Cycle of hate14 Nov 2015
The September 11th attacks were my generation’s Kennedy moment. I can remember where I was and most of the day and night that followed. I also remember how the internet collapsed under the pressure of people seeking news. CNN, BBC and most other news sites had to revert to plain text HTML, their nascent infrastructure completely unable to deliver up pages with images at a time of crisis. I got most of my news that day over IRC. Channels popped up, people shared links, and Reuters reports were cut-and-pasted from the few people lucky enough to grab a page before the inevitable timeout. We talked and speculated the ‘who’ and ‘what’s as the true size and scale of the horror unfolded.
I drove home fairly quickly that afternoon, all of us did, and arrived in front of my TV minutes before the second plane crashed. Laptop on my knee, searching for more news, I watched in silence as the buildings fell.
What I didn’t know then was how the reaction to those events would shape the world to come. The war on terror - as unwinnable as the war on drugs - the devastation in Iraq, the destabilization of so many countries. American imperialism, backed up by the aggression of Europe. Russia no longer in place as a counter-weight.
The attacks gave power to the politics of fear. Public opinion, although divided, acquiesced, granting extraordinary powers to nation states at ‘war’. Powers we’ve yet to unravel and retract. We now live in a world where these countries not only made up the evidence to justify their attacks - so called WMDs - but routinely kill their enemies through state-sponsored assassinations. Long gone are the days of the clandestine James Bond, or even the hope of lawful protections - the right of a trial before peers - now we have pin-point drone strikes of fearsome power and speed, or worse, torture and indefinite internment. The internet no longer collapses at a time of crisis, it’s beaming live footage to all our screens with insufferable talking heads asking passers by for body counts, or worse photos of the dead.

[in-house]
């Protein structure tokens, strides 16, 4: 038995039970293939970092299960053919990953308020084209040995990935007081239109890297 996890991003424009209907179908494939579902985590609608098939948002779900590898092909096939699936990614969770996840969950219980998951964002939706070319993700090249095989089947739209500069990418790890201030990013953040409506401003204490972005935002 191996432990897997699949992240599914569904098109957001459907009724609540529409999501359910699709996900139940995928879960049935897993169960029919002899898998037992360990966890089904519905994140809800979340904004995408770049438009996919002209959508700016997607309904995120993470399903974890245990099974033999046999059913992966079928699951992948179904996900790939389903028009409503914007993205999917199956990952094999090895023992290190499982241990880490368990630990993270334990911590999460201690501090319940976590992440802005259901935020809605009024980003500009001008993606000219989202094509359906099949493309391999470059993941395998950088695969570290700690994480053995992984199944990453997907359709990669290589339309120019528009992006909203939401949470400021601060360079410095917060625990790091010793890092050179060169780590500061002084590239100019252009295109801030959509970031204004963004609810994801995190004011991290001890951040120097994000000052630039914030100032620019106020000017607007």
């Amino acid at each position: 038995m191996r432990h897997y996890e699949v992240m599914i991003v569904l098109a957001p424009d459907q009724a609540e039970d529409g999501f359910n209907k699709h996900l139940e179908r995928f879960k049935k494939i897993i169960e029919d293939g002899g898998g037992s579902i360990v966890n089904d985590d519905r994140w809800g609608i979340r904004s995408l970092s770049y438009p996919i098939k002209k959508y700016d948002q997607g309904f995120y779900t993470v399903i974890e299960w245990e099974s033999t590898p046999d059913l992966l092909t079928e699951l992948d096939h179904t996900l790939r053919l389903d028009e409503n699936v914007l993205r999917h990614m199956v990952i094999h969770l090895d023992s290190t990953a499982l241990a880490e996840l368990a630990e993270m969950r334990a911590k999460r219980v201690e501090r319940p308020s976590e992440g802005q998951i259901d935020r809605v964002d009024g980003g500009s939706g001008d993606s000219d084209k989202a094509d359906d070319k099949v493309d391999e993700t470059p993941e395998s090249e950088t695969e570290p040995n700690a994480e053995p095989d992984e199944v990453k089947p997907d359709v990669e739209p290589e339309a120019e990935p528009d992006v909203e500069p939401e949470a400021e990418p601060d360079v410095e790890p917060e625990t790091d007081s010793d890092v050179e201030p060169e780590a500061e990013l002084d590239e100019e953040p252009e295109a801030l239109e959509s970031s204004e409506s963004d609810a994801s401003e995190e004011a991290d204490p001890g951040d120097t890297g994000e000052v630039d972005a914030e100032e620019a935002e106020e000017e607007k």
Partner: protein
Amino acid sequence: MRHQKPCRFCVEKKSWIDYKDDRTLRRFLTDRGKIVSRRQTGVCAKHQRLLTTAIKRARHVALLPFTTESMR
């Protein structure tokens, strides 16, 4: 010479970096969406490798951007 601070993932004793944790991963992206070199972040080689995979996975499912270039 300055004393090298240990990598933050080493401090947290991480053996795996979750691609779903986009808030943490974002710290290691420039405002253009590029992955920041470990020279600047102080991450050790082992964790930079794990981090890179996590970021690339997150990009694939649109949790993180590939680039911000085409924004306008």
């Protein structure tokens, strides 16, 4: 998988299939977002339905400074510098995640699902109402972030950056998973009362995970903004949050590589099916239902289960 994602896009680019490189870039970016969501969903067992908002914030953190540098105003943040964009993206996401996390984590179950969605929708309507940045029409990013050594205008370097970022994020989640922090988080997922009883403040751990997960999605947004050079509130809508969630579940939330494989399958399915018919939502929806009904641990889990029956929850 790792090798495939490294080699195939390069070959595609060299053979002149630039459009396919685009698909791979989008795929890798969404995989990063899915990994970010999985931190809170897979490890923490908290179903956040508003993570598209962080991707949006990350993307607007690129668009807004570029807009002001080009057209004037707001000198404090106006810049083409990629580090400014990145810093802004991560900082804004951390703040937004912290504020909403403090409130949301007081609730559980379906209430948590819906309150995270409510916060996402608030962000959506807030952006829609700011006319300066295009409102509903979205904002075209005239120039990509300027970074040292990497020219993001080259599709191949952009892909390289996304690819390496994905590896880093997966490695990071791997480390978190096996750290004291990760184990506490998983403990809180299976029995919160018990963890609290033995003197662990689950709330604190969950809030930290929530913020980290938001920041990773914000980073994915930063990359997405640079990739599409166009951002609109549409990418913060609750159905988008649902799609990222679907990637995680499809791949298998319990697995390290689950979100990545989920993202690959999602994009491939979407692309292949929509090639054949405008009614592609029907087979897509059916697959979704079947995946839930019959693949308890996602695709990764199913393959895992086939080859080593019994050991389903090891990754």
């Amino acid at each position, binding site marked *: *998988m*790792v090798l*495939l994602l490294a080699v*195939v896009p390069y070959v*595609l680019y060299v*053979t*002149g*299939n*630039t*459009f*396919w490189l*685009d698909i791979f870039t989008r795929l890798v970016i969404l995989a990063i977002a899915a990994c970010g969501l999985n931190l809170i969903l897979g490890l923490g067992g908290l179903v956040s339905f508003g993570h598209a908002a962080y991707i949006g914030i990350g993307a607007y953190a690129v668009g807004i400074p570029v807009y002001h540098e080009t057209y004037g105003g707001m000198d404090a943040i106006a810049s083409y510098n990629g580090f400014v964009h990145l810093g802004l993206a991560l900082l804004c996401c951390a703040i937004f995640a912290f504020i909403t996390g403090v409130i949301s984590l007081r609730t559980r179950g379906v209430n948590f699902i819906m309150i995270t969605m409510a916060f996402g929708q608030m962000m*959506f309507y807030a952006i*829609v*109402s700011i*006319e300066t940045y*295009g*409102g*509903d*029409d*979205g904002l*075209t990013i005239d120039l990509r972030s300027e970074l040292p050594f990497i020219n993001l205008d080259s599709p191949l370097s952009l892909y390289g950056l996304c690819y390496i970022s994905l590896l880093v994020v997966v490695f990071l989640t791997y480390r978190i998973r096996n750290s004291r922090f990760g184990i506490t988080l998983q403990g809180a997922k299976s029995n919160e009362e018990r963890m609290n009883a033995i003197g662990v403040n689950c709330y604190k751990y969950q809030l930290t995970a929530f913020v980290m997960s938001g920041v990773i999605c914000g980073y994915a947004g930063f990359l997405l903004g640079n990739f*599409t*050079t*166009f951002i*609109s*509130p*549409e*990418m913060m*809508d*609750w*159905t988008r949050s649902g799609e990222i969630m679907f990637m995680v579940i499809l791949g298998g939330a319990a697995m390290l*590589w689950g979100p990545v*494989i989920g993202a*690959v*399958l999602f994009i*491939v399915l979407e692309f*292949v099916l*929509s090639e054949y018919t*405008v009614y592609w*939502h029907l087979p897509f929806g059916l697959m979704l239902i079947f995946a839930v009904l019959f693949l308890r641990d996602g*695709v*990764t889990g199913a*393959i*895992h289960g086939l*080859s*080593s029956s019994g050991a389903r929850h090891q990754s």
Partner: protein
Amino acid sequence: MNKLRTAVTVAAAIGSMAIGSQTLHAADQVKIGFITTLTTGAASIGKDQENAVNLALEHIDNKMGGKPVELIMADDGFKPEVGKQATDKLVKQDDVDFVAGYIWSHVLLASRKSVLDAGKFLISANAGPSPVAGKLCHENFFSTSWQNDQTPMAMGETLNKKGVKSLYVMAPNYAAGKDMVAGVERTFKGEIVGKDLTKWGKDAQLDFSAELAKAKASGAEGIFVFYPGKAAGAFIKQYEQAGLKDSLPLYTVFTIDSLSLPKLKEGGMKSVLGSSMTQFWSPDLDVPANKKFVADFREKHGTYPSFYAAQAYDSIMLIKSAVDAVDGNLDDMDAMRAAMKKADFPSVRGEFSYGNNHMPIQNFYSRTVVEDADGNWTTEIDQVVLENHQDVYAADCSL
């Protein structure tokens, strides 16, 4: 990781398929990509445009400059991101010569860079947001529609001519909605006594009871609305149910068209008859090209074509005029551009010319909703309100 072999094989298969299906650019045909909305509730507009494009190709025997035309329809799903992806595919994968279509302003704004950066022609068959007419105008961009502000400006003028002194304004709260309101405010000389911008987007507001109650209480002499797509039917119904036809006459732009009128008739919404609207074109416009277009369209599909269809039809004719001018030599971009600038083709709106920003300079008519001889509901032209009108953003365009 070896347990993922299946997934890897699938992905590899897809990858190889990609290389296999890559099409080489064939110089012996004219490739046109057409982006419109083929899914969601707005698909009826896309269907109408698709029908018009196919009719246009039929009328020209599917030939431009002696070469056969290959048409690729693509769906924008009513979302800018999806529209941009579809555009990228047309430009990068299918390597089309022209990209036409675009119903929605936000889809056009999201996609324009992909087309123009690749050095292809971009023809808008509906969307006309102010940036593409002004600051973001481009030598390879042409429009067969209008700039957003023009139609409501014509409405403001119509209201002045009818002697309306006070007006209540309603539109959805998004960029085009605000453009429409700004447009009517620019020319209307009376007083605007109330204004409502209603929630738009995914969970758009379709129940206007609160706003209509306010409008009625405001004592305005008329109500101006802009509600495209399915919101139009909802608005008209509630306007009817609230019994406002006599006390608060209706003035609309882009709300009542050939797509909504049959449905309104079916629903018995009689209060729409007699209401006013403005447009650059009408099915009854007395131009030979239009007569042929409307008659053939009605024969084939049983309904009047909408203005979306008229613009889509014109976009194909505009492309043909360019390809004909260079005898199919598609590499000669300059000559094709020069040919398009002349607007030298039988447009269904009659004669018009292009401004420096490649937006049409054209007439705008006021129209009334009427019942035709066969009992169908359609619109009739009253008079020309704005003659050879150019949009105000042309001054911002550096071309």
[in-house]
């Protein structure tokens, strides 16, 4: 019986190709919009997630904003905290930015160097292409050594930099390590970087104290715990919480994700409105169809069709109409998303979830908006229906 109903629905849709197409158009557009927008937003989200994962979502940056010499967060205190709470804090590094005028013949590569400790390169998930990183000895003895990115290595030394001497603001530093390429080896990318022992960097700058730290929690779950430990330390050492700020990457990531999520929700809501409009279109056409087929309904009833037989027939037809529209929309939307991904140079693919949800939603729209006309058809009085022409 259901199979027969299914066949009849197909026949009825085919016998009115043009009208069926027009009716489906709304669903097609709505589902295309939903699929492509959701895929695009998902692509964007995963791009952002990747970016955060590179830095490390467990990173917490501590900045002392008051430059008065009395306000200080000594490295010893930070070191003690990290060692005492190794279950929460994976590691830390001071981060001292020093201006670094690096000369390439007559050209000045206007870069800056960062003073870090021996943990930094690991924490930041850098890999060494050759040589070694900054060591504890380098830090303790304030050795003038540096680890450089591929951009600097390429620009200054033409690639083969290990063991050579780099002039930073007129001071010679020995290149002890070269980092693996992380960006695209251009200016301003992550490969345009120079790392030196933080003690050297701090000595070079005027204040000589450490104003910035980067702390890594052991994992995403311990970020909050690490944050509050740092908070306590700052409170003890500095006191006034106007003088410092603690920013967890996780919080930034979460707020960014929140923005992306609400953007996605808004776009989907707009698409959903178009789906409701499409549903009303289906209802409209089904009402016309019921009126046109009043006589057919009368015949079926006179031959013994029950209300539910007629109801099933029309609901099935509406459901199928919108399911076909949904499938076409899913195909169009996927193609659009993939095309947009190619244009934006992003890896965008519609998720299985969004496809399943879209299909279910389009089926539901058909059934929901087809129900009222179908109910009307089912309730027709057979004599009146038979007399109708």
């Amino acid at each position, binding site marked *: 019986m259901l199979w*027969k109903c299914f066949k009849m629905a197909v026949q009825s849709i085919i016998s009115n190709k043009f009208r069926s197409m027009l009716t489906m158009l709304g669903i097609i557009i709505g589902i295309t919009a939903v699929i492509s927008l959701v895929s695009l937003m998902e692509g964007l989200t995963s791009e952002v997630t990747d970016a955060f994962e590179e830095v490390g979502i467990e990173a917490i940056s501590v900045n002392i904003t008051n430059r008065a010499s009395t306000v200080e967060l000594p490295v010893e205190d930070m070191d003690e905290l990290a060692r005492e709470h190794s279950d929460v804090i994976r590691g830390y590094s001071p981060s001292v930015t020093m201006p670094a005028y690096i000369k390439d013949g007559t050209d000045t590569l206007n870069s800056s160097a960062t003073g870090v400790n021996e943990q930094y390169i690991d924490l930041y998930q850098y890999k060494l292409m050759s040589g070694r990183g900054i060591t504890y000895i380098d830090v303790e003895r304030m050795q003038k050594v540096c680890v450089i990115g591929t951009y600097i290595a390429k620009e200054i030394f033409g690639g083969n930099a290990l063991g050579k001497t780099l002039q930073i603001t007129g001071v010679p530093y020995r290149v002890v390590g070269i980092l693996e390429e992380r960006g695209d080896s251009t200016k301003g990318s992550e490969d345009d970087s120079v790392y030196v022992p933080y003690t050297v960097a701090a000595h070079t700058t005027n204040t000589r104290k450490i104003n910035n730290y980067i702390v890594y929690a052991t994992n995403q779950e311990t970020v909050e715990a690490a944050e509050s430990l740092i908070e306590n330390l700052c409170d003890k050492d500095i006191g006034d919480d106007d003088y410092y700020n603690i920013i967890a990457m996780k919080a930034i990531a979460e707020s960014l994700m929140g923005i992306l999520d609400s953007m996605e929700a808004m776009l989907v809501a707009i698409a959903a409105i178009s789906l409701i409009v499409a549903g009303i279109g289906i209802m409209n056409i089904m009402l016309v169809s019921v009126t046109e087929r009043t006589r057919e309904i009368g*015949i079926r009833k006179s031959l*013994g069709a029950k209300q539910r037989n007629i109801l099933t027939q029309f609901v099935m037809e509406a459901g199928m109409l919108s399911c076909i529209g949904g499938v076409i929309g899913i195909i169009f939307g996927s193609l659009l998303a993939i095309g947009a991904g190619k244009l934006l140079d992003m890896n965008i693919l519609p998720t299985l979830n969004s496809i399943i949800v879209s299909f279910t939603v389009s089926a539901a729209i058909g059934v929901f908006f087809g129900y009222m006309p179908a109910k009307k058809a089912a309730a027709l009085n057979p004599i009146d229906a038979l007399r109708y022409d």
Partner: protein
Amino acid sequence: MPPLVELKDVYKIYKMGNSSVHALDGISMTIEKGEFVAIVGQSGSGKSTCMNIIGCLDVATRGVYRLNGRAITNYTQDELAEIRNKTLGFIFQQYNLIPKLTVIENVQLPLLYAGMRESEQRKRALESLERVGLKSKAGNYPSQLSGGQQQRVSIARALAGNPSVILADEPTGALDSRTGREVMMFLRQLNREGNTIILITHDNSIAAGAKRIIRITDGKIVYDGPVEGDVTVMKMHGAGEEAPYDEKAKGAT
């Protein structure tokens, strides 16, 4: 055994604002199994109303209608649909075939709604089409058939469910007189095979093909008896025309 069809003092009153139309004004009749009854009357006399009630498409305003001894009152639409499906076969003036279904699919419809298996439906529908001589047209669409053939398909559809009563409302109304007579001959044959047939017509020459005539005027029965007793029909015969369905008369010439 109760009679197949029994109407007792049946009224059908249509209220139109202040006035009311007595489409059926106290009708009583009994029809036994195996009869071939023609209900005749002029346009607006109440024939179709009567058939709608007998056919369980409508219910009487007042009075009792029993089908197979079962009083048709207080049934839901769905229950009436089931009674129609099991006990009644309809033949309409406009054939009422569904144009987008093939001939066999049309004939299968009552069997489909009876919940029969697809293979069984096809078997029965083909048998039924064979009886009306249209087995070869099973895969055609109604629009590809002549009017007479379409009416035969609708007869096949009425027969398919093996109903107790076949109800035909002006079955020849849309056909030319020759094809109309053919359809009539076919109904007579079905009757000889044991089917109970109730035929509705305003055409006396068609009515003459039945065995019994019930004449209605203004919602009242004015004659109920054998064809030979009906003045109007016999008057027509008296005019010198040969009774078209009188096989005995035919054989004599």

What’s happening in the middle-east, from the migration to the militarisation, has been fuelled by our politics. Our ‘fear’. Our ‘backing’ of the Neo-liberal agenda. Our greed. And now I worry that it’s too late. I worry that we’ve missed many of the forks in the road where we could have made substantial change, post September 11. I worry about closed borders. I worry about the fact that our financial infrastructure wasn’t fixed after 2008, but just sticky-plastered over. I worry about the surveillance state. I worry about climate change. But worst of all, I worry that yesterday’s horrific attacks in Paris will just be used by the political classes to reinforce the politics of hate and class-war that have driven us here.
We have to start putting people first, wherever they live in the world. We have to start realising that the market, and private companies, can do nothing positive for us when profit is put before humanity. We have to realise that many of our political institutions - and media outlets - now serve corporations, rather than the rights of the people they were built to represent.
None of this will change if we’re blinded by emotions of fear and the desire to retaliate. As natural as those human instincts are, we have to be more humane.
There’s been too much death in my life this week. Thursday I found out one of my old Uni friends had passed. The evening was spent talking to friends, shocked at how it could happen. Last night was watching the horror in Paris unfold, fearing the worst for the people I know there.
I miss being young and thinking the world would get better. :(
Hug those close to you. Lift your head up and think about those around you. Don’t buy into this bullshit that people only deserve our aid - our social support - if they’re willing to work for a minimum wage, that we can’t afford to do the right thing for those unable to, that only the people that have the right skin-colour, or live in the right part of the fucking world, or believe in the same God, matter.
Do what the taxi drivers in Paris did: turn off your meters, stop thinking about money, and act like a fucking human being. Give just a tiny bit of a shit about someone else and maybe, just maybe, we can all lift ourselves out of this and get ourselves home safely.